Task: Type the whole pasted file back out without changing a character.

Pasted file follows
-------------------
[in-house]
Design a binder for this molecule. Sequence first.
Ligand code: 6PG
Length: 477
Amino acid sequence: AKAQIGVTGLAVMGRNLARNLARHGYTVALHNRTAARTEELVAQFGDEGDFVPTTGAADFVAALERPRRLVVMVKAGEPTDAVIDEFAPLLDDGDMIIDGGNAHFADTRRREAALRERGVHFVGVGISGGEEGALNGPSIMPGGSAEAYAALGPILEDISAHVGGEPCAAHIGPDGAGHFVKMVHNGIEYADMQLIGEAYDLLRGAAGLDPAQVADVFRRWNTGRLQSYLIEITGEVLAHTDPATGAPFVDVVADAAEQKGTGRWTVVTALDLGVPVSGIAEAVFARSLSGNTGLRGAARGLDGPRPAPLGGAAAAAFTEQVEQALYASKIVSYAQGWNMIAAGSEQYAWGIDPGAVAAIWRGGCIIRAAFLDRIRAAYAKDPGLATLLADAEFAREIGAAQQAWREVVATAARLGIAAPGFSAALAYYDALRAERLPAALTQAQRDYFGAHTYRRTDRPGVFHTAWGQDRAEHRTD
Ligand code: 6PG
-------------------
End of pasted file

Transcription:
[in-house]
Design a binder for this molecule. Sequence first.
Ligand code: 6PG
Length: 477
Amino acid sequence: AKAQIGVTGLAVMGRNLARNLARHGYTVALHNRTAARTEELVAQFGDEGDFVPTTGAADFVAALERPRRLVVMVKAGEPTDAVIDEFAPLLDDGDMIIDGGNAHFADTRRREAALRERGVHFVGVGISGGEEGALNGPSIMPGGSAEAYAALGPILEDISAHVGGEPCAAHIGPDGAGHFVKMVHNGIEYADMQLIGEAYDLLRGAAGLDPAQVADVFRRWNTGRLQSYLIEITGEVLAHTDPATGAPFVDVVADAAEQKGTGRWTVVTALDLGVPVSGIAEAVFARSLSGNTGLRGAARGLDGPRPAPLGGAAAAAFTEQVEQALYASKIVSYAQGWNMIAAGSEQYAWGIDPGAVAAIWRGGCIIRAAFLDRIRAAYAKDPGLATLLADAEFAREIGAAQQAWREVVATAARLGIAAPGFSAALAYYDALRAERLPAALTQAQRDYFGAHTYRRTDRPGVFHTAWGQDRAEHRTD
Ligand code: 6PG